Time to act on biodiversity, reports urge

Two new reports highlight urgency of biodiversity crisis as time runs out to reverse species decline and knock-on ecosystem impacts.

Two new landmark reports have placed the spotlight on the global biodiversity crisis by linking it to economics and food security and called for urgent action before time runs out.

The Dasgupta Review, a 500-page report commissioned by the UK treasury warned that our current barometer of economic success is putting the world at “extreme risk”. 

The failure to address and respond to the crisis is a sign of “institutional failure writ large,” the report said, and outlined that the current economic model is not designed to consider nature’s importance.

“The macroeconomics of growth and development continue to be built without nature’s appearance as an essential entity in our economic lives,” the report concluded.

The report, which was notable for being produced by the Treasury rather than Defra, has been welcomed as a significant development in awareness around the biodiversity crisis for translating environmental concerns into economic terms. 

It has been welcomed by people ranging from National Food Strategy lead, Henry Dimbleby, to governor of the Bank of England, Andrew Bailey.

Head of the International Monetary Fund (IMF), Kristalina Georgieva, said: “The Dasgupta Review comes at an opportune time for the world economy, with many governments thinking about how to embark on a more equitable, greener, and sustainable development path.” 

Vice president of global NGO The Population Council, Dr John Bongaarts, said: “The report represents an impressive effort to bridge the longstanding gap between the views of biologists and economists.” 

Current economic measures of success (GDP) do not consider the importance of biodiversity. 

Separately in the same week, international think tank Chatham House, released its own report emphasising that food production is at the heart of the biodiversity crisis. 

“Biodiversity loss is accelerating around the world. Since 1970 populations sizes of mammals, birds, reptiles, and amphibians has decreased by an estimated average of 68 per cent,” the report said. 

“The global food system is the primary driver of this trend. Over the past 50 years, the conversion of natural ecosystems for crop production or pasture has been the principal cause of habitat loss, in turn reducing biodiversity,” it said. 

Highlighting that biodiversity is integral in maintaining healthy ecosystems, which in turn allow us to grow food, researchers warned that: “Further destruction of ecosystems and habitats will threaten our ability to sustain human populations.”

The reports come amid growing calls for more awareness of the devasting impacts of global species declines from campaigners and activists, including youth conservationist Mya-Rose Craig.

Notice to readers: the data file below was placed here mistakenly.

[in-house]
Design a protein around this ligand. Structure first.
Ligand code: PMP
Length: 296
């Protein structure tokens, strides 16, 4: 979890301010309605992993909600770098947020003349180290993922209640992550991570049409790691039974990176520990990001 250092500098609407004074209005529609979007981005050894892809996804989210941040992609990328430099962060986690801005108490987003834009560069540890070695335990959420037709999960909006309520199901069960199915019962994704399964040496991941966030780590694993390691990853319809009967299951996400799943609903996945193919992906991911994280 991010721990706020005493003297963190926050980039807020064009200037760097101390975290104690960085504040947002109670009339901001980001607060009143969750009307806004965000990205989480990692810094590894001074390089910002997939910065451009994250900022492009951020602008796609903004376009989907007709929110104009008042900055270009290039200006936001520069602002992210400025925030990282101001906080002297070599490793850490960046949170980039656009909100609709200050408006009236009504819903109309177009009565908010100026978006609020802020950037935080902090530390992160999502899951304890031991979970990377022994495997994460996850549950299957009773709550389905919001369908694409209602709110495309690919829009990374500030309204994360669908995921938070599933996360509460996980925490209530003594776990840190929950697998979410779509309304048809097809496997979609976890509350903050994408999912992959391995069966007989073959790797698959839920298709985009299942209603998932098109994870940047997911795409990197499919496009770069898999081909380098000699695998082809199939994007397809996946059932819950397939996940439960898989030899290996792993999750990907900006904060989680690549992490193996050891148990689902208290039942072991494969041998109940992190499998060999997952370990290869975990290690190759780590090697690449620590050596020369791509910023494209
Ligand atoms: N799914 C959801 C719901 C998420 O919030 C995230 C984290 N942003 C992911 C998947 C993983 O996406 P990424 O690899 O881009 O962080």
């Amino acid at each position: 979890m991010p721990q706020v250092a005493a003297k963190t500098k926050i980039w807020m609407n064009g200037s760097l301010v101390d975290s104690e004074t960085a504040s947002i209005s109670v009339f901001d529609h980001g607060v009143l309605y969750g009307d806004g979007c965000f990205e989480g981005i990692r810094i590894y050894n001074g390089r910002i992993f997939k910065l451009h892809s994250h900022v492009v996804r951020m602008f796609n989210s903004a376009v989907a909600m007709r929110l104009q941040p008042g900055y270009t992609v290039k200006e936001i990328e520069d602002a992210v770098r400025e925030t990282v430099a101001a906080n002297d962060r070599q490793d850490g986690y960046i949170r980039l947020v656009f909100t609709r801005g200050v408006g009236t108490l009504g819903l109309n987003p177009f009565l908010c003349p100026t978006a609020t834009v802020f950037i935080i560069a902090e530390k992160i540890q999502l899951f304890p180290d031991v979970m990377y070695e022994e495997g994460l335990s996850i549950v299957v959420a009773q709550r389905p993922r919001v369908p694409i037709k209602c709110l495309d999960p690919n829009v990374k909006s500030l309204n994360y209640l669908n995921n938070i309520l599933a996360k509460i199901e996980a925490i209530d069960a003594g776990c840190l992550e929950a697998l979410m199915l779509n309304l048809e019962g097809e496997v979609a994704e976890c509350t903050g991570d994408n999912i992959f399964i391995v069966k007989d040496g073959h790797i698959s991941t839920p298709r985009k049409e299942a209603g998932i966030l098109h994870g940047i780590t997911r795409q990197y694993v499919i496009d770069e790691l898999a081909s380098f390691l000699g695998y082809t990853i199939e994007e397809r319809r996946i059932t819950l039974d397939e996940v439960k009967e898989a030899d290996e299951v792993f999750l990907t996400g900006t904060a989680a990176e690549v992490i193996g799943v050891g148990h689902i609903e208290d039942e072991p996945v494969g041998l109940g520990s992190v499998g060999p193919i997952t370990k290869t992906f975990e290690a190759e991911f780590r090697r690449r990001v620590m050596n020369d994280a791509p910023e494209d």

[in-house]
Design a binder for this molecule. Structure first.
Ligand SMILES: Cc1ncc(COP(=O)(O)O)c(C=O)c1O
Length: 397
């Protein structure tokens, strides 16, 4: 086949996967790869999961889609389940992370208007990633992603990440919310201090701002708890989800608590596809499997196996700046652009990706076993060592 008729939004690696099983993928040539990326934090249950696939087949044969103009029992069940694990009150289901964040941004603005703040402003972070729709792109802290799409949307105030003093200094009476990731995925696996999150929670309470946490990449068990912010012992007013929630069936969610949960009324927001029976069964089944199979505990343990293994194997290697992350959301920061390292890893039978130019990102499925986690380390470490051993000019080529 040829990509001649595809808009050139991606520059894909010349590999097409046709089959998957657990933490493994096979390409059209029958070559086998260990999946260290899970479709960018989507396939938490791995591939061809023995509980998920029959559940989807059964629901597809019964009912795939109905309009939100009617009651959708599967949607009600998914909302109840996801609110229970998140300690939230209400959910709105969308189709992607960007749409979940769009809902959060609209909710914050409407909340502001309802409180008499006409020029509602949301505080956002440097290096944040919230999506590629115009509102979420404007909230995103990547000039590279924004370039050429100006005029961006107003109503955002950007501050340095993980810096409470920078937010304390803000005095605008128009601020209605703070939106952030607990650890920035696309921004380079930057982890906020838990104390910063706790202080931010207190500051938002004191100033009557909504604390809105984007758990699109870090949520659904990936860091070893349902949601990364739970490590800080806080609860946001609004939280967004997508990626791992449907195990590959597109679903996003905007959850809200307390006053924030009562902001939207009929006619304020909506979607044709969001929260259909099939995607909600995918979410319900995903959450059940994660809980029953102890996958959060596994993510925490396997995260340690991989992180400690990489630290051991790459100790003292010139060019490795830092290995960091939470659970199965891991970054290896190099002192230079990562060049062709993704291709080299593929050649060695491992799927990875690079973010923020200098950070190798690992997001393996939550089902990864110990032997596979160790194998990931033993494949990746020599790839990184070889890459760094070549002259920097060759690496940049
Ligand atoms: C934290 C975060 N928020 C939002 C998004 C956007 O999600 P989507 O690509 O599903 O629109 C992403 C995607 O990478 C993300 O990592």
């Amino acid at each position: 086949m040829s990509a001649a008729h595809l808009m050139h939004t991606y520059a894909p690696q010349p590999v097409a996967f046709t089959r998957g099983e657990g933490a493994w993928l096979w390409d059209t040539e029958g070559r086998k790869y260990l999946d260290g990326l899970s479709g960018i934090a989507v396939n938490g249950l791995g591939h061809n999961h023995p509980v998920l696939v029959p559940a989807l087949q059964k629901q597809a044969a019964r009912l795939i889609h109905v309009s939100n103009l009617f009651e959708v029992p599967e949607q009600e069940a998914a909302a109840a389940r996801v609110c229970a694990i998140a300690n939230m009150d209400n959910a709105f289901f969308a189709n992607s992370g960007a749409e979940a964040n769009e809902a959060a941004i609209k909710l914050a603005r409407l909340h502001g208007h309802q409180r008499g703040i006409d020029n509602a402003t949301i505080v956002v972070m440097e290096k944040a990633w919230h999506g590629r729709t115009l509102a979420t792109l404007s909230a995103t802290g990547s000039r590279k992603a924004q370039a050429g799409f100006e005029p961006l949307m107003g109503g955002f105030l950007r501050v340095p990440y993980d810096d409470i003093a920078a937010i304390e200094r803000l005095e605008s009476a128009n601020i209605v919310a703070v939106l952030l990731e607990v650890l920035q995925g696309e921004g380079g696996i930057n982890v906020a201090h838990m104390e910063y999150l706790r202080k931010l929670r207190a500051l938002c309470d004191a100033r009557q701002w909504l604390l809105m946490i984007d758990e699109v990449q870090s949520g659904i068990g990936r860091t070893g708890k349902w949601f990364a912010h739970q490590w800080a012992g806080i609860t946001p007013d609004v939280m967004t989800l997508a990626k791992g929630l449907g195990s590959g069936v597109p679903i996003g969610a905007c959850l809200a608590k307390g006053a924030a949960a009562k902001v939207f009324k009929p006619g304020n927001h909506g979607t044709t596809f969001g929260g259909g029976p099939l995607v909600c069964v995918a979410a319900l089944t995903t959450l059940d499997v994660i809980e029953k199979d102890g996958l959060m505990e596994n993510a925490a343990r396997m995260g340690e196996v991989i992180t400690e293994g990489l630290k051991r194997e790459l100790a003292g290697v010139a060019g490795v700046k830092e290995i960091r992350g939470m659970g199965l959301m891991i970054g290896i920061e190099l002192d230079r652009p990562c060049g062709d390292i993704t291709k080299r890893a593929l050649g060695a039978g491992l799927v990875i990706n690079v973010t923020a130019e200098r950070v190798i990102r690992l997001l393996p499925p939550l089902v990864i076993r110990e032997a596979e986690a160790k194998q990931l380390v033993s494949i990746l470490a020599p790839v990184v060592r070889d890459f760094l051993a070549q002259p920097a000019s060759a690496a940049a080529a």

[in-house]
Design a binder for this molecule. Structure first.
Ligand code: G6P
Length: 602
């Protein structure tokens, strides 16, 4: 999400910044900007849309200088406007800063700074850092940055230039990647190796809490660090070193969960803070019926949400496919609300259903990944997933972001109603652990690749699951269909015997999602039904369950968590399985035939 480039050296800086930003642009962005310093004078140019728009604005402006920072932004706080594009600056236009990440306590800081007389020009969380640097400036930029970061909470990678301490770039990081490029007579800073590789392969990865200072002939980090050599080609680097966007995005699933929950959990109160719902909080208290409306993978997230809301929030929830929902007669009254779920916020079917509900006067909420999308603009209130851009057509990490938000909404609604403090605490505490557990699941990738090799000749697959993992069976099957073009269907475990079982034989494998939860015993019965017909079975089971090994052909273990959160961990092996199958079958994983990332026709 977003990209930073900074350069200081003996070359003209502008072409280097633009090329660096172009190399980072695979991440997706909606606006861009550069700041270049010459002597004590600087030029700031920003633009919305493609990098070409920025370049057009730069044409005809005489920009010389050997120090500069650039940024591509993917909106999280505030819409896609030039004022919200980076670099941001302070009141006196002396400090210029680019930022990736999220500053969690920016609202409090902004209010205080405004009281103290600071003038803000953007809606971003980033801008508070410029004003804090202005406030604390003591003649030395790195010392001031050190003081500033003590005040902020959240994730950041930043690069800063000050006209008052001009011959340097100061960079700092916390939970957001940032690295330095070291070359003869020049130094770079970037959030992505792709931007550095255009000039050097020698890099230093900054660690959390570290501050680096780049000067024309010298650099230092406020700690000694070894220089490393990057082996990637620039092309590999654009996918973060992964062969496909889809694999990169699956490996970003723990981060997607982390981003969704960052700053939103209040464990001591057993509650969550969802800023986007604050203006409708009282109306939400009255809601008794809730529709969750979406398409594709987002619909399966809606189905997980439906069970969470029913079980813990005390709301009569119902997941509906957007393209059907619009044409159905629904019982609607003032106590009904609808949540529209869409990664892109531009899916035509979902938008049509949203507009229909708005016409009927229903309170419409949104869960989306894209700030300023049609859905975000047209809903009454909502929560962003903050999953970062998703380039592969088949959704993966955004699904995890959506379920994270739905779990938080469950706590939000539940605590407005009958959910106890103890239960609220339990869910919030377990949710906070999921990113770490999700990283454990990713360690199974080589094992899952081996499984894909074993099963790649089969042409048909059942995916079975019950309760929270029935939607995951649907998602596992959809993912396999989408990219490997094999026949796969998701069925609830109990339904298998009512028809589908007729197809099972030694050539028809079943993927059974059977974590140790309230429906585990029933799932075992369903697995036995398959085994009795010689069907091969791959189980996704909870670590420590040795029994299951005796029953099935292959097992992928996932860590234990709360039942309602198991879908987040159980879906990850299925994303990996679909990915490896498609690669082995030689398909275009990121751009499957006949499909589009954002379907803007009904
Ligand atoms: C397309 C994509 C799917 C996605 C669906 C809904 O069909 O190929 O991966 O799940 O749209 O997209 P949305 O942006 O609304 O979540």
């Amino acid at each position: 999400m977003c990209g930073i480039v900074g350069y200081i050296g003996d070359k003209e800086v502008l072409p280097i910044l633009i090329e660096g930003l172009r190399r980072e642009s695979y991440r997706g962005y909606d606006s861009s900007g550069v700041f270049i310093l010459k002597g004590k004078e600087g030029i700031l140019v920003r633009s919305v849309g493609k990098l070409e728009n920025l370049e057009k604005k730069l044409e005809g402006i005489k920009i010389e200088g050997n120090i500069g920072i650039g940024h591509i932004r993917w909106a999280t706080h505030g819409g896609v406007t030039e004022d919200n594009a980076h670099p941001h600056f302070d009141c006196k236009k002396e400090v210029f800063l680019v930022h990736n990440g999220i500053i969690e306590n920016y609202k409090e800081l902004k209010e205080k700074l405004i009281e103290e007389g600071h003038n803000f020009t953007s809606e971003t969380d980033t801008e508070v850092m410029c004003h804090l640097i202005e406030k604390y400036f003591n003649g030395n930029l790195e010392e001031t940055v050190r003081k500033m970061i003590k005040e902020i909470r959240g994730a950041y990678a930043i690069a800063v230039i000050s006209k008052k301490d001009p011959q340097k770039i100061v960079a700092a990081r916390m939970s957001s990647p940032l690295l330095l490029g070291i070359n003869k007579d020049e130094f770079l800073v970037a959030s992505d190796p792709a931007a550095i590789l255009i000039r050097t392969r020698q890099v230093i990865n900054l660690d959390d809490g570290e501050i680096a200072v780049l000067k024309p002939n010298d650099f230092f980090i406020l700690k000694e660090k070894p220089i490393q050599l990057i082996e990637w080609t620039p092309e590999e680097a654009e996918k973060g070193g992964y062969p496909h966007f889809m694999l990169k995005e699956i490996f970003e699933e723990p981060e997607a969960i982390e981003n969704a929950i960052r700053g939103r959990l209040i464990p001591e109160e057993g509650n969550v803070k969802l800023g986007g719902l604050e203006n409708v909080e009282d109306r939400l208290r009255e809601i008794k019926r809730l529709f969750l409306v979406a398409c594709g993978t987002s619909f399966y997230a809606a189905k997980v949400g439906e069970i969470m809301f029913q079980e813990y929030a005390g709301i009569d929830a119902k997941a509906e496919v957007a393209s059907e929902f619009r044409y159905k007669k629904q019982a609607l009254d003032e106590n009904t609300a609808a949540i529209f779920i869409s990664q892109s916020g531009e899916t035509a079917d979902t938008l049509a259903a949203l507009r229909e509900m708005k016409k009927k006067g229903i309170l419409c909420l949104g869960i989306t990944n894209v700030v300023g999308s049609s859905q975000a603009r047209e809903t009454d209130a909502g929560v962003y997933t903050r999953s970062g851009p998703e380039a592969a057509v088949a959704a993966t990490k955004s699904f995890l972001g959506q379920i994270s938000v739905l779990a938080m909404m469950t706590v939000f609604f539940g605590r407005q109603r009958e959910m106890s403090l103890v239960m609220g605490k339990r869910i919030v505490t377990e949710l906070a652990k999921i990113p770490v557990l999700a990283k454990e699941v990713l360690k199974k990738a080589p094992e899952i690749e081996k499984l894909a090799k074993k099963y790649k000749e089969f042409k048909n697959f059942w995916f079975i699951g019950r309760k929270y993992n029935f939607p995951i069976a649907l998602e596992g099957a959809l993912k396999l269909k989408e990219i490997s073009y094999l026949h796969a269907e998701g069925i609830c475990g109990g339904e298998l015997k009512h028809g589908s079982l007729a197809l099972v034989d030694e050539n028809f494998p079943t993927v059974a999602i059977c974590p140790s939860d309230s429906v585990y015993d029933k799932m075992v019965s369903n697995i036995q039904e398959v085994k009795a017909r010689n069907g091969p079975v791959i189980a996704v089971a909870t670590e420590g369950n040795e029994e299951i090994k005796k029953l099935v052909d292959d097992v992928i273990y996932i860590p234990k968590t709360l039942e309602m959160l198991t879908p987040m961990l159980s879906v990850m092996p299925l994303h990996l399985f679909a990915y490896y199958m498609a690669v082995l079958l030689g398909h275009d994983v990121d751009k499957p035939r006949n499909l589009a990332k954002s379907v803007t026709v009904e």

“Why do hundreds of thousands of young people march for climate change but there is hardly a word spoken about biodiversity loss?” Craig asked in a recent column for Wicked Leeks. 

Lead researcher on the Chatham House report, Professor Tim Benton, told Wicked Leeks: “We need to recognise that our demand for food is what drives agriculture, and a sustainable food system won’t come from about sustainable agriculture alone.” 

He said there are small signs of progress, and said: “Ten years ago, this conversation wouldn’t be happening. Now politicians, and their advisors, are engaging with it.”

Still time to act

Despite headline warnings, both reports state that it is achievable to reverse declines in biodiversity, if urgent action is taken by government, citizens, businesses, NGOs and communities. 

According to the Dasgupta Review these actions should include; balance human demand with nature’s supply; change our measures of economic success; and transform our institutions and systems. 

The Chatham House report’s three suggestions included; diet change, setting aside land for biodiversity and adapting the way we farm.

“Global dietary patterns need to converge around diets based more on plants, owing to the disproportionate impact of animal farming on biodiversity, land use and the environment,” the report said. 


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  1. It seems to me that unless the gov’t, with a system of subsidies, starts to reward organic and or some other form of ecological food growing, growers will hesitate to change. If the gov’t actively encouraged systems which some would feel undermined their position would people like DEFRA start protesting?
    Growers no matter how small who care for the soils and seek to build healthy soils which will produce healthy food, should be rewarded for this. The benefits to all wild animals will soon become apparent with these sorts of systems.

    1. It’s still unclear what the new subsidies will look like (the ones replacing the EU ones) but it is expected to reward environmental services rather than production services. I asked Prof Tim Benton the author of the above Chatham House report whether he thinks the new subsidies will go far enough to address the biodiversity catastrophe we are in the middle of and he said “Ha, that is a joke right? A small step in the right direction but not the ‘giant step for mankind'”.

      So it seems like they’ve got the right idea, but as per DEFRA probably won’t go far enough to properly address the issue and make real progress.


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